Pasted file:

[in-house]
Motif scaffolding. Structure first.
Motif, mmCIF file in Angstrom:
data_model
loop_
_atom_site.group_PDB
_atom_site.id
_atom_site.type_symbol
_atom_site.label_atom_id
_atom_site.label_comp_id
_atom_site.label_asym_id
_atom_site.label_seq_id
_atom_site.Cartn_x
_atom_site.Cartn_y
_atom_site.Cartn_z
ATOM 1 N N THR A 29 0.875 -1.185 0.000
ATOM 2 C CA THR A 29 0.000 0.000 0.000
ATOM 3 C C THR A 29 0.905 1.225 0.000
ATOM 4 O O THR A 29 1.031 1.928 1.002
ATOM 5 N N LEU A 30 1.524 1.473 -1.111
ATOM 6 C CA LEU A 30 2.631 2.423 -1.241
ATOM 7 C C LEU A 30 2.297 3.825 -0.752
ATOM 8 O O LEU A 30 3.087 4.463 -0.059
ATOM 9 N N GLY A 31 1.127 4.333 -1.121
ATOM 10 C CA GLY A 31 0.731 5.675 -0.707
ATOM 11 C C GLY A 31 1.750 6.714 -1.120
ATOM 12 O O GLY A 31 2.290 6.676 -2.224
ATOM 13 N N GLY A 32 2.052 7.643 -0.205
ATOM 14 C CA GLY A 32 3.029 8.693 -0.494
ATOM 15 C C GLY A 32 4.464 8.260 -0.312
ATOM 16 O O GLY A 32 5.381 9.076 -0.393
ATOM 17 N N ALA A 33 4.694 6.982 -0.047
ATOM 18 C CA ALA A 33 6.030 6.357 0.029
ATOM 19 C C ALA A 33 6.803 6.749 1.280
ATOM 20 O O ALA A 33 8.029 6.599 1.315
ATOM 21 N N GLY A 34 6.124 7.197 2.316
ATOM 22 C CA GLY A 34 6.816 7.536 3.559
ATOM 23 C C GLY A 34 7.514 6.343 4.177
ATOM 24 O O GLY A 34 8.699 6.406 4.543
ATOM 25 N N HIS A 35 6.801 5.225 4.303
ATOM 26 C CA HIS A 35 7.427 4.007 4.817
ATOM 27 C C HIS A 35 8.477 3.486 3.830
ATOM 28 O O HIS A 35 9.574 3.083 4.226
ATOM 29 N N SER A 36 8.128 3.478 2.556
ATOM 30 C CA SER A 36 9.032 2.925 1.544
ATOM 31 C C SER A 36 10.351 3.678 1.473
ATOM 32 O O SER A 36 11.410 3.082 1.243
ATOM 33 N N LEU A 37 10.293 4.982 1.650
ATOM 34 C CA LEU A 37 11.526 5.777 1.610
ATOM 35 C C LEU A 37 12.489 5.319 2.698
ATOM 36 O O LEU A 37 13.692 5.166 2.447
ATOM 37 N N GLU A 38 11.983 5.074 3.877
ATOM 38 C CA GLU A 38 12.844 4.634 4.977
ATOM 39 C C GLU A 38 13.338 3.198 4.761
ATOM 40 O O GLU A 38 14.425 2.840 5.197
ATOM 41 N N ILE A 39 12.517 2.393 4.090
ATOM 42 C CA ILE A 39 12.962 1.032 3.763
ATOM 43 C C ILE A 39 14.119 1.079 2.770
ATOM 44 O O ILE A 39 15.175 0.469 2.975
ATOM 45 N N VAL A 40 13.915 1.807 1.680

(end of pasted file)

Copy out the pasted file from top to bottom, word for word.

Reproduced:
[in-house]
Motif scaffolding. Structure first.
Motif, mmCIF file in Angstrom:
data_model
loop_
_atom_site.group_PDB
_atom_site.id
_atom_site.type_symbol
_atom_site.label_atom_id
_atom_site.label_comp_id
_atom_site.label_asym_id
_atom_site.label_seq_id
_atom_site.Cartn_x
_atom_site.Cartn_y
_atom_site.Cartn_z
ATOM 1 N N THR A 29 0.875 -1.185 0.000
ATOM 2 C CA THR A 29 0.000 0.000 0.000
ATOM 3 C C THR A 29 0.905 1.225 0.000
ATOM 4 O O THR A 29 1.031 1.928 1.002
ATOM 5 N N LEU A 30 1.524 1.473 -1.111
ATOM 6 C CA LEU A 30 2.631 2.423 -1.241
ATOM 7 C C LEU A 30 2.297 3.825 -0.752
ATOM 8 O O LEU A 30 3.087 4.463 -0.059
ATOM 9 N N GLY A 31 1.127 4.333 -1.121
ATOM 10 C CA GLY A 31 0.731 5.675 -0.707
ATOM 11 C C GLY A 31 1.750 6.714 -1.120
ATOM 12 O O GLY A 31 2.290 6.676 -2.224
ATOM 13 N N GLY A 32 2.052 7.643 -0.205
ATOM 14 C CA GLY A 32 3.029 8.693 -0.494
ATOM 15 C C GLY A 32 4.464 8.260 -0.312
ATOM 16 O O GLY A 32 5.381 9.076 -0.393
ATOM 17 N N ALA A 33 4.694 6.982 -0.047
ATOM 18 C CA ALA A 33 6.030 6.357 0.029
ATOM 19 C C ALA A 33 6.803 6.749 1.280
ATOM 20 O O ALA A 33 8.029 6.599 1.315
ATOM 21 N N GLY A 34 6.124 7.197 2.316
ATOM 22 C CA GLY A 34 6.816 7.536 3.559
ATOM 23 C C GLY A 34 7.514 6.343 4.177
ATOM 24 O O GLY A 34 8.699 6.406 4.543
ATOM 25 N N HIS A 35 6.801 5.225 4.303
ATOM 26 C CA HIS A 35 7.427 4.007 4.817
ATOM 27 C C HIS A 35 8.477 3.486 3.830
ATOM 28 O O HIS A 35 9.574 3.083 4.226
ATOM 29 N N SER A 36 8.128 3.478 2.556
ATOM 30 C CA SER A 36 9.032 2.925 1.544
ATOM 31 C C SER A 36 10.351 3.678 1.473
ATOM 32 O O SER A 36 11.410 3.082 1.243
ATOM 33 N N LEU A 37 10.293 4.982 1.650
ATOM 34 C CA LEU A 37 11.526 5.777 1.610
ATOM 35 C C LEU A 37 12.489 5.319 2.698
ATOM 36 O O LEU A 37 13.692 5.166 2.447
ATOM 37 N N GLU A 38 11.983 5.074 3.877
ATOM 38 C CA GLU A 38 12.844 4.634 4.977
ATOM 39 C C GLU A 38 13.338 3.198 4.761
ATOM 40 O O GLU A 38 14.425 2.840 5.197
ATOM 41 N N ILE A 39 12.517 2.393 4.090
ATOM 42 C CA ILE A 39 12.962 1.032 3.763
ATOM 43 C C ILE A 39 14.119 1.079 2.770
ATOM 44 O O ILE A 39 15.175 0.469 2.975
ATOM 45 N N VAL A 40 13.915 1.807 1.680